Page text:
Minced adult human, rat, and dog pancreatic fragments were cultured under various conditions in an attempt to selectively purify pancreatic islet tissue from exocrine digestive enzymes. Islet purification was assessed by measuring tissue insulin and amylase concentrations, proportional to islet beta cell mass and exocrine enzyme content, respectively. Tissue amylase content decreased rapidly over a 24 hour culture period under all conditions. By addition of pilocarpine, cobalt chloride, and aprotinin to the culture medium, pancreatic tissue levels stabilized. Under these conditions the tissue insulin:amylase ratio increased rapidly and a high ratio was maintained, indicating that islet tissue decontaminated of exocrine digestive enzymes was preserved in short term culture. Fifteen dogs rendered diabetic with streptozotocin immediately following a partial pancreatectomy received an autotransplant of pancreatic tissue fragments maintained in culture for 24 hours. Seven dogs were rendered normoglycemic. Six of these dogs survived for longer than 30 days. Only one of 14 control pancreatectomized dogs injected with streptozotocin and not transplanted survived and was normoglycemic. Viable islet tissue free of exocrine enzymes can be obtained by short term culture of pancreatic fragments. and separation of islet and exocrine components of adult pancreas is not essential for successful islet transplantation.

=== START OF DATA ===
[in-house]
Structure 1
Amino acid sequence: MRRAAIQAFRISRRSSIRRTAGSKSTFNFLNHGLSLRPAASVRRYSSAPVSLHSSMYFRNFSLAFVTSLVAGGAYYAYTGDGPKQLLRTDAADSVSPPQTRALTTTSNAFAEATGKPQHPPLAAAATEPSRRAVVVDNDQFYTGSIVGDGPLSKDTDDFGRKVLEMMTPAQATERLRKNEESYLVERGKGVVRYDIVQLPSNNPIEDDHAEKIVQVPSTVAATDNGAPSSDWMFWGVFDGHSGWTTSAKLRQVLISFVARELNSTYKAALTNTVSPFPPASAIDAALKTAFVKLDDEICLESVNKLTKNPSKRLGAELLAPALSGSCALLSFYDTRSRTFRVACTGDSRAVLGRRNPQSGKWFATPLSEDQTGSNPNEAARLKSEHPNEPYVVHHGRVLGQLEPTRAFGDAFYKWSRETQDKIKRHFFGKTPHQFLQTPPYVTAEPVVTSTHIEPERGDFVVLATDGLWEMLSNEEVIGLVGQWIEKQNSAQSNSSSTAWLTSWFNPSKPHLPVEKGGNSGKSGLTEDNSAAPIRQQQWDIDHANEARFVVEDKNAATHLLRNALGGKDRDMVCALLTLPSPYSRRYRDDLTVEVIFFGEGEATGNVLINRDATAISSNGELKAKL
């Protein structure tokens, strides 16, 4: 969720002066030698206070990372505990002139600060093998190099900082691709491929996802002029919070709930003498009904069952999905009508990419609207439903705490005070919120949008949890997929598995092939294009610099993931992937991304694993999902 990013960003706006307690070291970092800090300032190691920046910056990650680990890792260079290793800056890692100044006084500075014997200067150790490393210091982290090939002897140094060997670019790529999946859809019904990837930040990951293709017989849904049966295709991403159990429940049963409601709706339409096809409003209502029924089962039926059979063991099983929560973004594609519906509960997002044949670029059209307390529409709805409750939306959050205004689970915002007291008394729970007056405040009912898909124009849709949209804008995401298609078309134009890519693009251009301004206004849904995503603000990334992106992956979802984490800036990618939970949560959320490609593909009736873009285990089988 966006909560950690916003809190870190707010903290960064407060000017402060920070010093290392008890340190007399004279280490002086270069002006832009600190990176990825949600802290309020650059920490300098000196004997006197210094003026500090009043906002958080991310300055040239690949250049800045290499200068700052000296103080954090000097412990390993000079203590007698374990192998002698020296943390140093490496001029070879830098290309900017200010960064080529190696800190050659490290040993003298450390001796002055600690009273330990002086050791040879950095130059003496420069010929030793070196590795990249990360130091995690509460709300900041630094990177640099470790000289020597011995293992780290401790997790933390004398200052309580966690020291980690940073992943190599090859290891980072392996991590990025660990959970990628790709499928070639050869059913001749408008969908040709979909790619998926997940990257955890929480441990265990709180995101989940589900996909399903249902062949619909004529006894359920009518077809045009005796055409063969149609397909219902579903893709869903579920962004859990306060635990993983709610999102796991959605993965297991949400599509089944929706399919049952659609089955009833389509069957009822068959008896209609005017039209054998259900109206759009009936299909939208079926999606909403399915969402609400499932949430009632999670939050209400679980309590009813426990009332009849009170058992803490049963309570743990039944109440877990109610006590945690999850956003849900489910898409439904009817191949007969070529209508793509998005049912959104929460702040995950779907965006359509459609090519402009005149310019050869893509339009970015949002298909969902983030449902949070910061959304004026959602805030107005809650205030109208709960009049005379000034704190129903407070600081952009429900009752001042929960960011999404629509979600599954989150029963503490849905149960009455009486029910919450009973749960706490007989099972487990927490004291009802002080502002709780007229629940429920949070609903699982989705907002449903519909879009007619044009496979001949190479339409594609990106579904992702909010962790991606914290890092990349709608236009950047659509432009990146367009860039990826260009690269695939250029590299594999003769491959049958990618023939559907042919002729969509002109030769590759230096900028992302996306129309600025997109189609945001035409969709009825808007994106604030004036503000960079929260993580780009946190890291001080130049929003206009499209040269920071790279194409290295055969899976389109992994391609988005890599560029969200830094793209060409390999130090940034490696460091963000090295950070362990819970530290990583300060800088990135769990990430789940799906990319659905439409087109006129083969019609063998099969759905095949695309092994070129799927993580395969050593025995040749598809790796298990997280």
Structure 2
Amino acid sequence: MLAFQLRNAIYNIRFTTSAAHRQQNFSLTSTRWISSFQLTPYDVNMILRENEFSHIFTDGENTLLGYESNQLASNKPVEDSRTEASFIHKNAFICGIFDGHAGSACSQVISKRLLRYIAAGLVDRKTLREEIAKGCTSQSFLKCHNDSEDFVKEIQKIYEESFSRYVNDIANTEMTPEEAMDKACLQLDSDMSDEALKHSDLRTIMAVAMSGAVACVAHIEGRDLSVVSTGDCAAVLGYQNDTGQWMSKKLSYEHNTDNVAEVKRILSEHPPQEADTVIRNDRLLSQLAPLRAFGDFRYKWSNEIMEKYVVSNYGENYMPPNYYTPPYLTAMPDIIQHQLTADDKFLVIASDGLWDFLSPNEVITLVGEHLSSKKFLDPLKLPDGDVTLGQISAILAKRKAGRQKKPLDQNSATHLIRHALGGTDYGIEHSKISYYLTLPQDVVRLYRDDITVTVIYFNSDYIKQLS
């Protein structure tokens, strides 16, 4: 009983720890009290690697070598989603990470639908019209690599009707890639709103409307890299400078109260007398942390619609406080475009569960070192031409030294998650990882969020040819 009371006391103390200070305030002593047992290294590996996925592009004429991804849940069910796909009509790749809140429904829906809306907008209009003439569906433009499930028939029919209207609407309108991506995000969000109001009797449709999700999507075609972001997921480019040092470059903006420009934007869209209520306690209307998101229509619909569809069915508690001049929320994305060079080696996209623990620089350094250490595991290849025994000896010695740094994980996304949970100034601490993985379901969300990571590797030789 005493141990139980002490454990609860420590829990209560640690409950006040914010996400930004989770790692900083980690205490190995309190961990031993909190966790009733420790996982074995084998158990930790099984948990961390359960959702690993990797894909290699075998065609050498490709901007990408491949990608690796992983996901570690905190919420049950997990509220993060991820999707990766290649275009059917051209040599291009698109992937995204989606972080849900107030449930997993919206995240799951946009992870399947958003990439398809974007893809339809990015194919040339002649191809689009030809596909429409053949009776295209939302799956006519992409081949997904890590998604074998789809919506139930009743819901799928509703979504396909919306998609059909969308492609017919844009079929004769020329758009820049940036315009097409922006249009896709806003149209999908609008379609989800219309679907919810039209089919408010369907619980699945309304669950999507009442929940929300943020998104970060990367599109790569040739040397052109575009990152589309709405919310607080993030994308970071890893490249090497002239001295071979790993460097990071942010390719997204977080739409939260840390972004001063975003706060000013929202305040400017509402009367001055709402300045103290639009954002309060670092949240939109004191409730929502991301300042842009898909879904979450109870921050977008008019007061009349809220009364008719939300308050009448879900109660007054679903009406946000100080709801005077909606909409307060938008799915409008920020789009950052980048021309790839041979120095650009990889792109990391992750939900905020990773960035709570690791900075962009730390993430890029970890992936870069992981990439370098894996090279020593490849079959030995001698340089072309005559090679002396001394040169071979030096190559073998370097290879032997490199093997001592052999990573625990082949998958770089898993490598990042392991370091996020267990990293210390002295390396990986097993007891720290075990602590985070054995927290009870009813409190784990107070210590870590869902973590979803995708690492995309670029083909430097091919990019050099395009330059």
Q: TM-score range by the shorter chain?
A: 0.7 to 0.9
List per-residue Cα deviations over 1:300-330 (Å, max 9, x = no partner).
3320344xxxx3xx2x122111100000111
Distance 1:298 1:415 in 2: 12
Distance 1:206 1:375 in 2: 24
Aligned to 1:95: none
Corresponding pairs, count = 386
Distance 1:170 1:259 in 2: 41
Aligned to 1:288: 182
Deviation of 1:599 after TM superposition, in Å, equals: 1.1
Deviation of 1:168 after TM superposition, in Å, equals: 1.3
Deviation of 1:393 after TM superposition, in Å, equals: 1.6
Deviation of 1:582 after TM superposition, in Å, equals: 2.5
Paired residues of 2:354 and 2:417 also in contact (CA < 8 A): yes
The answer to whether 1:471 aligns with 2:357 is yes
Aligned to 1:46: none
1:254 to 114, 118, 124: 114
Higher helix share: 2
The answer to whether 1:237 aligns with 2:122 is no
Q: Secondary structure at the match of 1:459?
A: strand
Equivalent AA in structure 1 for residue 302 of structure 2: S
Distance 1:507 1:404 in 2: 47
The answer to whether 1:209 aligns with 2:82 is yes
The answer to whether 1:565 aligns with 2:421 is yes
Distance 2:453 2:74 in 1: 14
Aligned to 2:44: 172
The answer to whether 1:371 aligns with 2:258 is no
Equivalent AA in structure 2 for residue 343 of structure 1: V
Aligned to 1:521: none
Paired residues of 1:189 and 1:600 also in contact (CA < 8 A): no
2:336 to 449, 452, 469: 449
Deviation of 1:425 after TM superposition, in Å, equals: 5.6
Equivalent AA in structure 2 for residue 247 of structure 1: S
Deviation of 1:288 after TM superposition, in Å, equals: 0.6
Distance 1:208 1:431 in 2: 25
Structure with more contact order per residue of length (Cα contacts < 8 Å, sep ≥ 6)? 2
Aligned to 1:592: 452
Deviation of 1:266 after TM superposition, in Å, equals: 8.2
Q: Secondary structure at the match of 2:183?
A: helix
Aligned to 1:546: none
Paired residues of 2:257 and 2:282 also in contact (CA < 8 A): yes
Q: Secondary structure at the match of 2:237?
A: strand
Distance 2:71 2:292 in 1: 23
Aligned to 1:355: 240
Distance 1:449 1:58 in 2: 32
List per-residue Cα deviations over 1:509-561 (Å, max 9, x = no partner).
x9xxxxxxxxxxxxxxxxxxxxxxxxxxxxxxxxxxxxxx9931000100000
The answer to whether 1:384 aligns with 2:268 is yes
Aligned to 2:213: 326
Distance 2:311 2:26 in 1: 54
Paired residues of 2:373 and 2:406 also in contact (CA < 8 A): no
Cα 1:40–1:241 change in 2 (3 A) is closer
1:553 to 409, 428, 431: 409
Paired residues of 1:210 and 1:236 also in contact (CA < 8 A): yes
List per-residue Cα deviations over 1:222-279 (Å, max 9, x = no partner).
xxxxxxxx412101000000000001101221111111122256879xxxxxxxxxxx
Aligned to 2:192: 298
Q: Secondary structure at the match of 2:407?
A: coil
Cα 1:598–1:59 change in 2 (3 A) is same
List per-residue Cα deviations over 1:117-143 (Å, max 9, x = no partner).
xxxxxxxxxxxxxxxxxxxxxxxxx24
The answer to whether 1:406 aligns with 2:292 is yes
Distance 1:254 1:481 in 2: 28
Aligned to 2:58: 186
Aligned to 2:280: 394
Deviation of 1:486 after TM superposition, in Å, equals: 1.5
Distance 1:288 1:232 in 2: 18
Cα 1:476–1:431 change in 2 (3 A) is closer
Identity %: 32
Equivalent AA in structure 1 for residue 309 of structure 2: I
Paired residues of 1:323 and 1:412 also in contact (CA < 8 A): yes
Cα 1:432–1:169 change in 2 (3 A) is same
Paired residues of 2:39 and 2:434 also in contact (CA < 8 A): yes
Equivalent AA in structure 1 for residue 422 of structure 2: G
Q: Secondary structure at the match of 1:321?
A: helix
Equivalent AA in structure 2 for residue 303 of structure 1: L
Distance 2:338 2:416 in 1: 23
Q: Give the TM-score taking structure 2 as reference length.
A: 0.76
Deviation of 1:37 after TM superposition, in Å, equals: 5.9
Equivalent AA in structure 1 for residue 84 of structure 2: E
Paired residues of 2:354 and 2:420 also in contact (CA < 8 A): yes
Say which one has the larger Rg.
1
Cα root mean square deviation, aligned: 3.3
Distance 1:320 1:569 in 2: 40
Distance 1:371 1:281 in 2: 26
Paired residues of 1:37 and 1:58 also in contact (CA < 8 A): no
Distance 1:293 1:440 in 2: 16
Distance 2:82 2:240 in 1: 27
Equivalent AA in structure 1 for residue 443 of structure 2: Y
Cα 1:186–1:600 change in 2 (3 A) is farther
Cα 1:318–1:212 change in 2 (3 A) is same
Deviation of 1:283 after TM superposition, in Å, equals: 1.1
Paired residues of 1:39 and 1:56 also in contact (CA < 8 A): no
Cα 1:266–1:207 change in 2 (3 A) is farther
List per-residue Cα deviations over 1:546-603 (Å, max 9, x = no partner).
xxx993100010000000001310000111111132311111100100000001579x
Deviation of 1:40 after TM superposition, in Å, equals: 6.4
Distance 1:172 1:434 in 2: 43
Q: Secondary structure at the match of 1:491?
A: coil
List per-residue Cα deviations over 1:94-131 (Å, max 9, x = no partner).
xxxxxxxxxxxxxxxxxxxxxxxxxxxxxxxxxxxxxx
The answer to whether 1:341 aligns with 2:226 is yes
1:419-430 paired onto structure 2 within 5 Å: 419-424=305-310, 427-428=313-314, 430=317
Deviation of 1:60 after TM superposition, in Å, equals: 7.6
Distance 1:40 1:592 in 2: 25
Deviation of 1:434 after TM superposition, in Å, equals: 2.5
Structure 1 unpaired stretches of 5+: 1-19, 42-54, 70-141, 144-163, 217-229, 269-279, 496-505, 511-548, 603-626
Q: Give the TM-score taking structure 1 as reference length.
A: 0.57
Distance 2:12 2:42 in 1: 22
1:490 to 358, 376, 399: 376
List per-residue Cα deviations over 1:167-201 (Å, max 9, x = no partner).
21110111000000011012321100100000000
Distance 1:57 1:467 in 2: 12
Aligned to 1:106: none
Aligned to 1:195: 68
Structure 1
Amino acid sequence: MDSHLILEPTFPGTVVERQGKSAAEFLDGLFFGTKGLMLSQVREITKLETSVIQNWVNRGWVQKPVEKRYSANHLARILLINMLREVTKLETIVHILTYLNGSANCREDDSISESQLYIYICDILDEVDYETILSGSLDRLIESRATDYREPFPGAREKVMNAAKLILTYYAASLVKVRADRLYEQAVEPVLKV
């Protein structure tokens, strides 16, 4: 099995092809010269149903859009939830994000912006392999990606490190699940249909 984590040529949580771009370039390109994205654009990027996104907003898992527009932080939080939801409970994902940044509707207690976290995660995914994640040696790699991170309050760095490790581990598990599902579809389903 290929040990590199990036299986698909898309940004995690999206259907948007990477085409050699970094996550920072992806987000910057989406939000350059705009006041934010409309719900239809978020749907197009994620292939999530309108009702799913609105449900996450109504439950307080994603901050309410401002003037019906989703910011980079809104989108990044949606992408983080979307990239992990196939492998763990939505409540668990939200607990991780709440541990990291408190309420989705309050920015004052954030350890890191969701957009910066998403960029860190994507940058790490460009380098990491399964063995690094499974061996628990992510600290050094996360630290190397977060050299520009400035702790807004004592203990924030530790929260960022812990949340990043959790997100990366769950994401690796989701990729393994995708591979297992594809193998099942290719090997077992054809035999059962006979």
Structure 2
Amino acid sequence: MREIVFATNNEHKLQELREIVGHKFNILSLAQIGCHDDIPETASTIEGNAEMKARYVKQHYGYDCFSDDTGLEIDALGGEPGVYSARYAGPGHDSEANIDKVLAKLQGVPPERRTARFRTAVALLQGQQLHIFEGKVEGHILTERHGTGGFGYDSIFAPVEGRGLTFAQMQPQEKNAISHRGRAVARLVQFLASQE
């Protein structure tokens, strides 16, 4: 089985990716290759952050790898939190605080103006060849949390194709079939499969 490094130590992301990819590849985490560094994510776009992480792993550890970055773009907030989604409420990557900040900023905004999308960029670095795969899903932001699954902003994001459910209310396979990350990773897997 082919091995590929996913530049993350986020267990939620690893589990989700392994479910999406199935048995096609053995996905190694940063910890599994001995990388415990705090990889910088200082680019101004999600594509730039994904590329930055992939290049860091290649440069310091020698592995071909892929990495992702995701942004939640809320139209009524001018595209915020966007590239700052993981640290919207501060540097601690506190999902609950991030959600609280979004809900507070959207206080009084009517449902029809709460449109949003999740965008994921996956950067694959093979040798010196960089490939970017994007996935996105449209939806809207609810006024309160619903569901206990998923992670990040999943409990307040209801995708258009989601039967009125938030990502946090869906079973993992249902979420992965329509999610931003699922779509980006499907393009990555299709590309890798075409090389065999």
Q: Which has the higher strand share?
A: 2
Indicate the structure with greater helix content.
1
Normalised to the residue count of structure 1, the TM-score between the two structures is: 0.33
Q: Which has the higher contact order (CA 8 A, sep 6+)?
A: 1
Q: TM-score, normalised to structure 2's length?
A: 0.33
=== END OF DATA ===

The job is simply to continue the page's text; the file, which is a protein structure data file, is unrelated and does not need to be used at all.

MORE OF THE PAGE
|Original language||English (US)|
|Number of pages||9|
|State||Published - 1976|